Confucius:  [somewhat disapprovingly]  Are you certain that you have employed him in accordance with his gifts?

Bertie:  Well, you know, ha ha.

Confucius:  No matter. You must bring him with you the next time we adventitiously meet at Chili’s for dinner!

Bertie:  Depend on it! And i can ask Jeeves later on what ‘adventitiously’ means.

Here’s Another Philosophy Joke: Confucius, Aristotle, and a Flockbinker Go into a Bar

“So, Okay: Confucius, Aristotle, and a flockbinker go into a bar, see….”

And the bartender says, “We don’t serve your kind here.”

Confucius say,[*] “I take offense at that completely inappropriate racial slur!”

And the bartender says, “No, look, I wasn’t talking about you.  I was referring to…that.”  And he points at the flockbinker.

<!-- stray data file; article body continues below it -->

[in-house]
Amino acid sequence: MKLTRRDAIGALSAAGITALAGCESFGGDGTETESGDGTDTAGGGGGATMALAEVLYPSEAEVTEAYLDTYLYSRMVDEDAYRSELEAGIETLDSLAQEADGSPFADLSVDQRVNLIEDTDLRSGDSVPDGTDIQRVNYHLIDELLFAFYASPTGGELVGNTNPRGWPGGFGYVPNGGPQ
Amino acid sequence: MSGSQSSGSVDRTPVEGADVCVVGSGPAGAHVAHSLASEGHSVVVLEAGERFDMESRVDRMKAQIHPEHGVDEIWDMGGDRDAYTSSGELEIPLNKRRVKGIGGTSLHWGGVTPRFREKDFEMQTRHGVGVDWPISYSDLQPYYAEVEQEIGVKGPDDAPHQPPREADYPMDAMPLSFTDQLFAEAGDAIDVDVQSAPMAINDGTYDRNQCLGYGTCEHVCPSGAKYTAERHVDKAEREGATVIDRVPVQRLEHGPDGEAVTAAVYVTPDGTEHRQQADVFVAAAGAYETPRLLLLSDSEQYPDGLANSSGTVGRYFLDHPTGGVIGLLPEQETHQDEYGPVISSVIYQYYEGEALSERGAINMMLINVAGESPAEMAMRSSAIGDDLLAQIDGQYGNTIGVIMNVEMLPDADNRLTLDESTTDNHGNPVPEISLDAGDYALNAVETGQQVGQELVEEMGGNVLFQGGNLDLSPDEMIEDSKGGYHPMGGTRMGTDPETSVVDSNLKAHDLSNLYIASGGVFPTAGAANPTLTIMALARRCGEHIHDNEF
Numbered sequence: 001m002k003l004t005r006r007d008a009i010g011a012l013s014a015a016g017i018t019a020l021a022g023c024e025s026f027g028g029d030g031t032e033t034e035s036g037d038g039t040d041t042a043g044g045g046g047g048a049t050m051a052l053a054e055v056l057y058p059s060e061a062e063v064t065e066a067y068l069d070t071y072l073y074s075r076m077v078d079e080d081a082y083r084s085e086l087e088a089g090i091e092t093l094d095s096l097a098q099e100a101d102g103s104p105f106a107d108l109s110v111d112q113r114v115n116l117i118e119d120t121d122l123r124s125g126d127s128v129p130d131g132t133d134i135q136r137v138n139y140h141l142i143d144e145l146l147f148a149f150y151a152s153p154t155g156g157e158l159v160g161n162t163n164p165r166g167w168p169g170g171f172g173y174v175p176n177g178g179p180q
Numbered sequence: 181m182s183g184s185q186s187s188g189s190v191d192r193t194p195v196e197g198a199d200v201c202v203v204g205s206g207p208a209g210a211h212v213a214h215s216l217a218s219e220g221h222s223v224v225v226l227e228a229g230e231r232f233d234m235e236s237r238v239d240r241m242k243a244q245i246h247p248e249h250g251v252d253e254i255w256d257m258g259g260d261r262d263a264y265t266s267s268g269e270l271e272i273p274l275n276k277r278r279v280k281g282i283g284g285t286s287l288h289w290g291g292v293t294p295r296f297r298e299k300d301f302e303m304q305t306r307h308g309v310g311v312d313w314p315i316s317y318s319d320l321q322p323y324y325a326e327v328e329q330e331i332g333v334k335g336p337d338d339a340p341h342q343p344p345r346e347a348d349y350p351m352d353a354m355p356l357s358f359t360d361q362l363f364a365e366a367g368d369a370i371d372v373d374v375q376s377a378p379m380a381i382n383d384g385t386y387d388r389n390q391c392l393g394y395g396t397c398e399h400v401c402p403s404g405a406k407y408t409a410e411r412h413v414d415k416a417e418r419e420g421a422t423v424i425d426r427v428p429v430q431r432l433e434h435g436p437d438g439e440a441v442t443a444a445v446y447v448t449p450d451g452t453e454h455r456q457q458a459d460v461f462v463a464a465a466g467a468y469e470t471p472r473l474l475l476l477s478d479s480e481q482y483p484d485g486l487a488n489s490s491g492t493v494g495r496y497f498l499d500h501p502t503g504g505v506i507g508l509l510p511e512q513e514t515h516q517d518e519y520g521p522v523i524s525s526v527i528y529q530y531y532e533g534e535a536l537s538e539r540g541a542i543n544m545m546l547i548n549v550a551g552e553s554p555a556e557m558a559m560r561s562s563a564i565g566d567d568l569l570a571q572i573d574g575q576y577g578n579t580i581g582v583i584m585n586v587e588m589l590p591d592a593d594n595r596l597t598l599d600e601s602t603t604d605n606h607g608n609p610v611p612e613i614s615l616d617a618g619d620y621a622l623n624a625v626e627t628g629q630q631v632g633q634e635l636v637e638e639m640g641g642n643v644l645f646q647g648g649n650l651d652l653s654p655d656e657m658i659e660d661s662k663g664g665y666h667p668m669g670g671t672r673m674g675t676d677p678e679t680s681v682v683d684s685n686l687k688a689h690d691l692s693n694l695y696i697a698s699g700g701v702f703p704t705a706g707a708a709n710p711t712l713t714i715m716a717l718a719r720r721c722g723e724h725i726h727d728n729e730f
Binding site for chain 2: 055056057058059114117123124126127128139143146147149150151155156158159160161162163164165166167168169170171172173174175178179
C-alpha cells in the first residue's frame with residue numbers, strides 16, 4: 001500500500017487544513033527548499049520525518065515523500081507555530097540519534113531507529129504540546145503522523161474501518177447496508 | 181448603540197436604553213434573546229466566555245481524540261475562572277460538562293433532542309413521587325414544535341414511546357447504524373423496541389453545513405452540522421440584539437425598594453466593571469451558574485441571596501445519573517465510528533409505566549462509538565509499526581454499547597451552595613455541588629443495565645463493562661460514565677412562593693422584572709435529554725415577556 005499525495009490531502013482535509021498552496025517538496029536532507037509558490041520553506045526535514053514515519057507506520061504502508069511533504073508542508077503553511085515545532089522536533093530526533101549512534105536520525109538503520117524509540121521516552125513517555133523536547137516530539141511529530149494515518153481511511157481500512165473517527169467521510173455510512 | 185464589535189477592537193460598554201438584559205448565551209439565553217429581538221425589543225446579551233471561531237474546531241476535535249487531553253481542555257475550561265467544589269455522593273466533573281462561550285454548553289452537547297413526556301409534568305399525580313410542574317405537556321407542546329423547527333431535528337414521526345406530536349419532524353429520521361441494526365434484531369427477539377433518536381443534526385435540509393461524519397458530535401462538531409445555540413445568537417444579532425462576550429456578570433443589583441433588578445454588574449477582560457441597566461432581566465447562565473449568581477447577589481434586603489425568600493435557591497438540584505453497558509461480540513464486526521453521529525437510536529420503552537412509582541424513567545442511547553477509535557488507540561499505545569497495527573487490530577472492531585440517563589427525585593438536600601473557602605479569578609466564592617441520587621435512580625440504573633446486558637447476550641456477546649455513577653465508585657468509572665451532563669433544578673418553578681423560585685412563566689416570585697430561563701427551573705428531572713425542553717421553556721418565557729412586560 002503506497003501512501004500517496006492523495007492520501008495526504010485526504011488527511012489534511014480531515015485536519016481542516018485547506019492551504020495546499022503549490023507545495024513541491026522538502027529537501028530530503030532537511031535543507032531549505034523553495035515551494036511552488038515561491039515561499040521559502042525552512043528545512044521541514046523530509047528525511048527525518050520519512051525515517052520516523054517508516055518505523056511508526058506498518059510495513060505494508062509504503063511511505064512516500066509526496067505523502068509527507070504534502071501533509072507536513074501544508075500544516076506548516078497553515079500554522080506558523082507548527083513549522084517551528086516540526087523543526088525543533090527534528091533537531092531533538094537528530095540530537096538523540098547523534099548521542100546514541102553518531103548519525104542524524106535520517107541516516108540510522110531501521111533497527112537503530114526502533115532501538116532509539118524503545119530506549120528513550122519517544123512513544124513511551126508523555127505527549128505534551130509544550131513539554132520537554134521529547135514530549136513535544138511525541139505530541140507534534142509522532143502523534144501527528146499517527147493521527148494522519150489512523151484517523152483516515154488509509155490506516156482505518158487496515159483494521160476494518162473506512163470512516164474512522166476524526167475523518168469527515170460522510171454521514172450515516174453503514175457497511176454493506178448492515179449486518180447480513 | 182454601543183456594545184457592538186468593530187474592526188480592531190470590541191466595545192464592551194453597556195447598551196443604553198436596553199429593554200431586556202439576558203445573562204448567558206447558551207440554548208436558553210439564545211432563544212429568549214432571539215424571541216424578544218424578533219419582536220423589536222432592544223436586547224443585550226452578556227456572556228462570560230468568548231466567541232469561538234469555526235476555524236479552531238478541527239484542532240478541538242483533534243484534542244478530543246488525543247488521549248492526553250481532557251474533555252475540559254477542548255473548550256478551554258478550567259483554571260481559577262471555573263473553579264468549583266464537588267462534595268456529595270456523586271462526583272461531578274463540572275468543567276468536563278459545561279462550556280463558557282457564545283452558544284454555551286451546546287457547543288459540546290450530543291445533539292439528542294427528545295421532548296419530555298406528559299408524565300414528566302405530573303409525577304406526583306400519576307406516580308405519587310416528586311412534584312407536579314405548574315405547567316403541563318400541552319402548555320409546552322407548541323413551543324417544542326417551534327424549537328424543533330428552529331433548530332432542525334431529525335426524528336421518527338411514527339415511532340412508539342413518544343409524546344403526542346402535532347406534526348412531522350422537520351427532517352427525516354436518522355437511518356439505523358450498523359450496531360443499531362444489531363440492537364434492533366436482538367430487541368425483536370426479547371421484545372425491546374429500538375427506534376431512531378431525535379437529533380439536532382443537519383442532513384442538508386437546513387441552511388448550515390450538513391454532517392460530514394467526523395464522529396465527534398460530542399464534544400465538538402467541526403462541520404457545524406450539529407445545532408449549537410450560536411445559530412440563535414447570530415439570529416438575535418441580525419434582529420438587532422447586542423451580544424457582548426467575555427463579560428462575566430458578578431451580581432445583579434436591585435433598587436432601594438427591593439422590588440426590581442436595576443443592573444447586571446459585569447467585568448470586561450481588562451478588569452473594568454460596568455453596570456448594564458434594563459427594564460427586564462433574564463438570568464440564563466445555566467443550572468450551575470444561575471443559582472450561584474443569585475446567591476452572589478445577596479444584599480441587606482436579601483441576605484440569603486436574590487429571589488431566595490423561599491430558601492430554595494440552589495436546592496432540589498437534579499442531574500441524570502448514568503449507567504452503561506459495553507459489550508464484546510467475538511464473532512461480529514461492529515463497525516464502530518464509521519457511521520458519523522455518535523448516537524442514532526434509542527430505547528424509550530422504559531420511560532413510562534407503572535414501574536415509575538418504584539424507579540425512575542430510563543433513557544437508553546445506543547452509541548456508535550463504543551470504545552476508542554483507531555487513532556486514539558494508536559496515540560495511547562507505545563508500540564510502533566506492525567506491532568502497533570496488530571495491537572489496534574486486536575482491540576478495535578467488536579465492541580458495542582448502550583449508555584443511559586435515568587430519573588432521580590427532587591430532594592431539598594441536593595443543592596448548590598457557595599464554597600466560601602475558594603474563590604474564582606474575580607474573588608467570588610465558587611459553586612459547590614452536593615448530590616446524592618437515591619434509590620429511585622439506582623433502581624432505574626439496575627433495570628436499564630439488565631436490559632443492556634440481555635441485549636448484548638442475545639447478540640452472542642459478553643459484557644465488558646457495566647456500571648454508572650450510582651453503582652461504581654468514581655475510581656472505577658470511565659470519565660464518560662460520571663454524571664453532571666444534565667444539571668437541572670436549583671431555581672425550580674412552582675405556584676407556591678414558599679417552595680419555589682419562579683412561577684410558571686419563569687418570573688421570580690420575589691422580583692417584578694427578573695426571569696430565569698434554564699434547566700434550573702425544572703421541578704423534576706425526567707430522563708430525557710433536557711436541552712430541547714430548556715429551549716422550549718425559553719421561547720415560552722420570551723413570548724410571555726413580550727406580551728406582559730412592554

“Oh,” say Confucius.  “Well, alrighty then.”

All eyes in the room turn toward the flockbinker.

Aristotle says, “Let us be clear. You are saying that it is the policy of your restaurant not to serve flockbinkers?”

“What?” says the bartender.

“This,” explains Aristotle, indicating the flockbinker, “is a flockbinker.”

“I don’t care what fancy name you wanna call it,” rejoins the barkeeper. “We don’t serve it, that’s what i’m saying.”

Aristotle says, “You introduce an interesting question.  Since we are uncertain of the ontological status of flockbinkers, it’s difficult to know what you mean by its ‘kind.’  You said that you don’t serve its ‘kind’ here. In your judgment, what ‘kind’ is he?”

The bartender replies, “Everybody’s gotta be a smart aleck.  Look, all i’m saying, we don’t serve those”—and here he again indicates the flockbinker—“in this here respectable establishment.”